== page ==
If opportunity doesn’t knock, then build a door.
That is exactly what is happening for the estimated 83 percent of individuals who are eligible for services through Community Living BC, and are unemployed. That door is being constructed via a three-year Community Employment Action Plan for adults with developmental disabilities who wish to work in their communities.
The Plan was launched in 2013. Opening that door to employment opportunities puts those with developmental disabilities on a pathway of meaningful work that pays a living wage. The goal of the Plan is to increase the employment of individuals served by CLBC by 1200 people over three years, from the current estimate of 2200 participating in employment.
How did this initiative come about? Many years ago self-advocate leaders became disenchanted with their situations, performing menial tasks in segregated settings, usually without competent salaries. Their refrain became “real work for real pay”.
Over the past number of years, young people leaving school and their families have almost increasingly been asking for real employment, elevated from the traditional menial, low-grade jobs that people with developmental disabilities were assumed to fit into. There have been small numbers of people, who, with the support of their families, service providers, educators, and employers, have worked at rewarding jobs, earned a paycheck, made friends with co workers and gained confidence and satisfaction from a sense of belonging. Most importantly, paid employment means a higher quality of life.
Between 2007 and 2012, as awareness of the importance of employment grew, Community Living BC undertook a number of initiatives to build capacity and momentum. The Customized Employment Demonstration Project concentrated on the value of individualizing the employment relationship to meet the needs of both the employer and the employee. Eight projects were funded for four years and the results were telling. Employment was possible for people across a wide spectrum of disabilities and that adoption of customized employment provided a real promise of success.
Reinventing day supports, those that promoted daytime activities, a comfortable home and leisure time with friends led to a deeper understanding of the need to move these supports towards employment. This shift came as a generation of youth experienced (at least periods of) inclusive education. Being marginalized or summarily excluded was not going to be accepted anymore.
BC Employment Development Strategy Network, in collaboration with Douglas College continuing education, developed curricula and began training staff to increase their competency in supporting people to find and keep work.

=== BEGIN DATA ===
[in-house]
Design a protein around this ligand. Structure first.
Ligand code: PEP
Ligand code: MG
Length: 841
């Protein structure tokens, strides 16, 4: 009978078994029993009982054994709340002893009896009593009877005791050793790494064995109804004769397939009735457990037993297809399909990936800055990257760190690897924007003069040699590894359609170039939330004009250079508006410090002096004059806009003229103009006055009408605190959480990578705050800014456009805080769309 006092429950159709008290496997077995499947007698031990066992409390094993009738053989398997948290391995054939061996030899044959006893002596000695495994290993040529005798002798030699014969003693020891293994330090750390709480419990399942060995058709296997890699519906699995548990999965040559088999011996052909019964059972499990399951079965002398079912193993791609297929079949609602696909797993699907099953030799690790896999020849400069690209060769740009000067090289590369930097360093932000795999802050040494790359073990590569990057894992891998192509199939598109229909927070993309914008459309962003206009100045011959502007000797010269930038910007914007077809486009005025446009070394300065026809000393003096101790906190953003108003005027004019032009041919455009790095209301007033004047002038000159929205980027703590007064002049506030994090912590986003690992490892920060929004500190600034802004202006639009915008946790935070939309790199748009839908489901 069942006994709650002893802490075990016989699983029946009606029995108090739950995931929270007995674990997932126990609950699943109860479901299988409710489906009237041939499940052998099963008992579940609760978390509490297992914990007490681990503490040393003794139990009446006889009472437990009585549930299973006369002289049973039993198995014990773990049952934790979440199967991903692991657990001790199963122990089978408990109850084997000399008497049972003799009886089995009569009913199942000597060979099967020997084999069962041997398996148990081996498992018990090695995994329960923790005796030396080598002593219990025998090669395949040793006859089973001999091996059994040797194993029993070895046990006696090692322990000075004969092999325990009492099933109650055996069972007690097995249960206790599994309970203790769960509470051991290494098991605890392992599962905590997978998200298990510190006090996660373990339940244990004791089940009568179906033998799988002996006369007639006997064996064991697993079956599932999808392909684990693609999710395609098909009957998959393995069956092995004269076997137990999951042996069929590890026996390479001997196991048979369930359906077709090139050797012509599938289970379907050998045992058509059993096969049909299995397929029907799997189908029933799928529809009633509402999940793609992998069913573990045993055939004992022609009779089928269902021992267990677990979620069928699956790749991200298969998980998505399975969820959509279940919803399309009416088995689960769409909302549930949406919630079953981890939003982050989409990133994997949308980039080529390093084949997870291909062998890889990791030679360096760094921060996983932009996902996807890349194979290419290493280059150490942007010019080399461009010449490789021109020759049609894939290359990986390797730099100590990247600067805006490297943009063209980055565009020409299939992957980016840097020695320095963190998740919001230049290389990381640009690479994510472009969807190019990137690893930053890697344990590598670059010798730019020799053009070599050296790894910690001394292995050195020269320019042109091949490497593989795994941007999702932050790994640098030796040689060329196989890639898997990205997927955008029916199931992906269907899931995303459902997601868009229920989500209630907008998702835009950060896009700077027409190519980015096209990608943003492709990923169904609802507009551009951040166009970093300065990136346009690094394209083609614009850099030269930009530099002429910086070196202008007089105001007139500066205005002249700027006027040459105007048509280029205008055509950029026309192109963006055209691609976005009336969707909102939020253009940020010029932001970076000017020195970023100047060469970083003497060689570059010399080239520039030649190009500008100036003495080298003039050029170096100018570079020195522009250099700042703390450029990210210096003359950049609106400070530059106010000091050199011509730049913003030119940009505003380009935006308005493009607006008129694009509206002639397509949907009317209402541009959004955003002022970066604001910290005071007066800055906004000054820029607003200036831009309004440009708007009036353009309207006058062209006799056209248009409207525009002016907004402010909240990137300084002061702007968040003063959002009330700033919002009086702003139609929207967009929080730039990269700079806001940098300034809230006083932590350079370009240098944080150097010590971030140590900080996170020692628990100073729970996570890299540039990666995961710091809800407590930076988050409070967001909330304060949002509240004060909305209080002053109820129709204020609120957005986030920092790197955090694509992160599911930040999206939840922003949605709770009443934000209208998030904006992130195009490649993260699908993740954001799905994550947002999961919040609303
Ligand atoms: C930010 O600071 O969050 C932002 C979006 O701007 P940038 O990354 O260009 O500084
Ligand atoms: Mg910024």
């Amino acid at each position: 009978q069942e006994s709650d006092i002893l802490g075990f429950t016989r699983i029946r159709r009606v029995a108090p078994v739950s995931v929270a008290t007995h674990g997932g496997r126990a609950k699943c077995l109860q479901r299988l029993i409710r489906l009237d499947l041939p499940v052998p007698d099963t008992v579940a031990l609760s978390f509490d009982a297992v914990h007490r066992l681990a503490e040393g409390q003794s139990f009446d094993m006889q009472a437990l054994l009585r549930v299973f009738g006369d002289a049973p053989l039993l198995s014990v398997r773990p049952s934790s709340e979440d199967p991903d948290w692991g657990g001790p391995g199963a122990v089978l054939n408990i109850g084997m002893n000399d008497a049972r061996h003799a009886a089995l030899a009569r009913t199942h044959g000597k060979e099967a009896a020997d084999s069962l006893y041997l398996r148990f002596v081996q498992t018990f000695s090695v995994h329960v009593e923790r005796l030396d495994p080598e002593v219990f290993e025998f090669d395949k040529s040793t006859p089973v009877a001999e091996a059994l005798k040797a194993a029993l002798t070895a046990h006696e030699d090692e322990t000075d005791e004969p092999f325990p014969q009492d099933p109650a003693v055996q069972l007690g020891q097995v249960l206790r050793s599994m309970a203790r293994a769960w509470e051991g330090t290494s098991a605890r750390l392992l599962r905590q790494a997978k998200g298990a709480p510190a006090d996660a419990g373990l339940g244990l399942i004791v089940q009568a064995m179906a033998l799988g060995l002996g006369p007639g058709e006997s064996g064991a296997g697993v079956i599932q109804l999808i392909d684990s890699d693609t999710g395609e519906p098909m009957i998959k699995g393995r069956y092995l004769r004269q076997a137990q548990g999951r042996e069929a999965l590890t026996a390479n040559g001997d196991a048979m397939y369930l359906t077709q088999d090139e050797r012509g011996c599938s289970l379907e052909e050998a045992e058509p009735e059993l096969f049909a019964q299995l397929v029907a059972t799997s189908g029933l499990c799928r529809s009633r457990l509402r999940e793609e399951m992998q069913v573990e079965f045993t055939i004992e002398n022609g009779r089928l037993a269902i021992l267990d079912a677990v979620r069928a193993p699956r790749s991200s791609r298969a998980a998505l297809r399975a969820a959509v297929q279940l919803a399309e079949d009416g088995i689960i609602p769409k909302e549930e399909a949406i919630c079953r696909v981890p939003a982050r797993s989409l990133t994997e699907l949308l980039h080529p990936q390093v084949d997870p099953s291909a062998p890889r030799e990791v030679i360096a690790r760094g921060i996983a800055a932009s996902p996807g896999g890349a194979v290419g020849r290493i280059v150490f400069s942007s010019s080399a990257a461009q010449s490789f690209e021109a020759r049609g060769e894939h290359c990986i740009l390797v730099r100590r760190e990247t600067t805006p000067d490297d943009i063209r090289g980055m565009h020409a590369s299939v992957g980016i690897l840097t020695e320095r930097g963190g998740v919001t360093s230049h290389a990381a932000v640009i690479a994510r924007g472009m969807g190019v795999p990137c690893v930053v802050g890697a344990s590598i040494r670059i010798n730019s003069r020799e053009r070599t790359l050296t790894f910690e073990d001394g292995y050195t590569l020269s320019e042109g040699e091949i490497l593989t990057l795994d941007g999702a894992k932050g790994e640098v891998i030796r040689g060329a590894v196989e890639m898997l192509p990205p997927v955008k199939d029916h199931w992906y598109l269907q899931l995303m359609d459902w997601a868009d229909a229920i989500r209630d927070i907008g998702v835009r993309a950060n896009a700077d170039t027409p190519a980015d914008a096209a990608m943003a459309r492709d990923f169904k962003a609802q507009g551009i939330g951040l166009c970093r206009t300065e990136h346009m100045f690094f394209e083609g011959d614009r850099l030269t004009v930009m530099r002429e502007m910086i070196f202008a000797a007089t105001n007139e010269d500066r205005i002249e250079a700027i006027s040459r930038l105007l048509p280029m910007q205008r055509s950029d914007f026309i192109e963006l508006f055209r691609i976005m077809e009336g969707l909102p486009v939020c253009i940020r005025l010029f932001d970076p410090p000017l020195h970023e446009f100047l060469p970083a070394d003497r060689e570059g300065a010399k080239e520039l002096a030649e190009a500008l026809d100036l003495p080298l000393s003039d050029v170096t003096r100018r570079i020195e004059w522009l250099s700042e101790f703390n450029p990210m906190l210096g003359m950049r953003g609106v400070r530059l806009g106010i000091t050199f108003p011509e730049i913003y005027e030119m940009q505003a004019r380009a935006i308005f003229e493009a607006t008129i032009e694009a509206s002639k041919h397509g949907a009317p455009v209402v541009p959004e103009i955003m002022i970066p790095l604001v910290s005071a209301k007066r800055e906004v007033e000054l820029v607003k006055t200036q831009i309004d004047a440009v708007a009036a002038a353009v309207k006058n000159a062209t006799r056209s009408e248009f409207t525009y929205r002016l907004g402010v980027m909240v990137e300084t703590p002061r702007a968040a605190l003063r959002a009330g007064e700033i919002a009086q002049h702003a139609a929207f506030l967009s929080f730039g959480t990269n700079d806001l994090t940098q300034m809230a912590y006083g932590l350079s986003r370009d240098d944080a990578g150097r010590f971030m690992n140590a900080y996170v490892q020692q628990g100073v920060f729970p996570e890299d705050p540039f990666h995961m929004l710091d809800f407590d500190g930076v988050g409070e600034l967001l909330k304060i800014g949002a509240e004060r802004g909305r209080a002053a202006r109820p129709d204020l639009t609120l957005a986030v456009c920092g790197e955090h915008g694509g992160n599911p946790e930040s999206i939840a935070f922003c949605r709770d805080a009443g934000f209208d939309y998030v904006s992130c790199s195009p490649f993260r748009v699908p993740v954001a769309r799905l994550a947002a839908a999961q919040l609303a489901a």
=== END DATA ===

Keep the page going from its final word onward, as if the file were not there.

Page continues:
A number of service providers and practitioners joined together to create EmployNet, a hub for learning, sharing, and collaboration in advancing best practices in employment supports and to help employers improve the bottom line by employing a diverse workforce.
In spite of people’s efforts, progress over the years had been incremental at best. It was time to build on the work already done and develop a sector-wide employment plan. They wanted to make a real impact. In 2012, CLBC engaged individuals, families, service providers, CLBC staff, school and government representatives and employers to develop a three-year employment plan. The consultation culminated in a provincial employment summit that took place in Oct. 2012, with over 150 attendees from around the province and the Community Action Employment Plan focuses on building that door to inclusive employment situations.
The Plan focuses on shifting attitudes towards a belief that individuals with developmental disabilities have a valuable contribution to make in the workforce. Every community is different. The Plan tailors solutions to the unique characteristics of a region because the nature of work opportunities differs in each region. Approximately 600 youth leave school and become eligible for CLBC services each year. These youth are a priority for employment services where they can transition with their peers and receive services that will support their personal goals instead of determining them.
CLBC will increase the number of adults with developmental disabilities that it employs and contracts with. Social enterprise and self-employment have the potential to provide many adults with developmental disabilities the opportunity to pursue meaningful work. CLBC will better support individuals pursuing this option and creation of a self-employment program at post-secondary institutions.
The Ministry of Social Development has made improvements with BC Disability Benefits to make employment more attractive option for people to pursue. A full copy of the plan is available at www.communitylivingbc.ca